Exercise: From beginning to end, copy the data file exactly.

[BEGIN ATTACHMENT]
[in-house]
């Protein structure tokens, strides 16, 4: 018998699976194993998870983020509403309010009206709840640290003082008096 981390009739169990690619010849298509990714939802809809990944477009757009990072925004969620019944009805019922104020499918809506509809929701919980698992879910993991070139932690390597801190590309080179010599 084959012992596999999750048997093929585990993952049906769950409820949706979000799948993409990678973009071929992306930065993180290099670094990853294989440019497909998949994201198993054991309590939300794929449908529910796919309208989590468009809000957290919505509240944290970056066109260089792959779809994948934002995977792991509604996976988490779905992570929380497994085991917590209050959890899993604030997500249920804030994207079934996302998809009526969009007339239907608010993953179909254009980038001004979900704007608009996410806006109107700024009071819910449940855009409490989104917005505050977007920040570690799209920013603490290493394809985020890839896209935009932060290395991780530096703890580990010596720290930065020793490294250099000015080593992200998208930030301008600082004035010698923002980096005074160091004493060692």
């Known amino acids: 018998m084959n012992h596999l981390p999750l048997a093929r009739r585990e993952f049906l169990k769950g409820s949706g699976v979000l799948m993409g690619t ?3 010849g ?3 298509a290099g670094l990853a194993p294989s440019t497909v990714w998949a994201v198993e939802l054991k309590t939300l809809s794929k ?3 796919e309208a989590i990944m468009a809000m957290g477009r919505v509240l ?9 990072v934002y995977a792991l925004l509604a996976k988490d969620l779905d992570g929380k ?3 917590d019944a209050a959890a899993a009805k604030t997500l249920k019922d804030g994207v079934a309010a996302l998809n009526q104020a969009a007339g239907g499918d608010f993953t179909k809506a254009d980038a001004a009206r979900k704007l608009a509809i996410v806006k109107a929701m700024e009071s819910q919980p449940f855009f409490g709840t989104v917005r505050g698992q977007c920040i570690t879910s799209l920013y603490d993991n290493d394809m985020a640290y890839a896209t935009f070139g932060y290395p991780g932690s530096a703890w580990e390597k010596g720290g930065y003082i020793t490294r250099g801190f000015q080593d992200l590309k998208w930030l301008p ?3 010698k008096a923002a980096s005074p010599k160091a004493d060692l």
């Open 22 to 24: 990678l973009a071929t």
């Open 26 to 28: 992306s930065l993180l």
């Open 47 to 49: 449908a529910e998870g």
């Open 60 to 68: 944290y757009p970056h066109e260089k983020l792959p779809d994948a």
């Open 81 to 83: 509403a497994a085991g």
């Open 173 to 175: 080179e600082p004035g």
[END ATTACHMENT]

[in-house]
């Protein structure tokens, strides 16, 4: 018998699976194993998870983020509403309010009206709840640290003082008096 981390009739169990690619010849298509990714939802809809990944477009757009990072925004969620019944009805019922104020499918809506509809929701919980698992879910993991070139932690390597801190590309080179010599 084959012992596999999750048997093929585990993952049906769950409820949706979000799948993409990678973009071929992306930065993180290099670094990853294989440019497909998949994201198993054991309590939300794929449908529910796919309208989590468009809000957290919505509240944290970056066109260089792959779809994948934002995977792991509604996976988490779905992570929380497994085991917590209050959890899993604030997500249920804030994207079934996302998809009526969009007339239907608010993953179909254009980038001004979900704007608009996410806006109107700024009071819910449940855009409490989104917005505050977007920040570690799209920013603490290493394809985020890839896209935009932060290395991780530096703890580990010596720290930065020793490294250099000015080593992200998208930030301008600082004035010698923002980096005074160091004493060692």
């Known amino acids: 018998m084959n012992h596999l981390p999750l048997a093929r009739r585990e993952f049906l169990k769950g409820s949706g699976v979000l799948m993409g690619t ?3 010849g ?3 298509a290099g670094l990853a194993p294989s440019t497909v990714w998949a994201v198993e939802l054991k309590t939300l809809s794929k ?3 796919e309208a989590i990944m468009a809000m957290g477009r919505v509240l ?9 990072v934002y995977a792991l925004l509604a996976k988490d969620l779905d992570g929380k ?3 917590d019944a209050a959890a899993a009805k604030t997500l249920k019922d804030g994207v079934a309010a996302l998809n009526q104020a969009a007339g239907g499918d608010f993953t179909k809506a254009d980038a001004a009206r979900k704007l608009a509809i996410v806006k109107a929701m700024e009071s819910q919980p449940f855009f409490g709840t989104v917005r505050g698992q977007c920040i570690t879910s799209l920013y603490d993991n290493d394809m985020a640290y890839a896209t935009f070139g932060y290395p991780g932690s530096a703890w580990e390597k010596g720290g930065y003082i020793t490294r250099g801190f000015q080593d992200l590309k998208w930030l301008p ?3 010698k008096a923002a980096s005074p010599k160091a004493d060692l």
């Open 22 to 24: 990678l973009a071929t």
């Open 26 to 28: 992306s930065l993180l």
């Open 47 to 49: 449908a529910e998870g």
């Open 60 to 68: 944290y757009p970056h066109e260089k983020l792959p779809d994948a």
């Open 81 to 83: 509403a497994a085991g």
């Open 173 to 175: 080179e600082p004035g």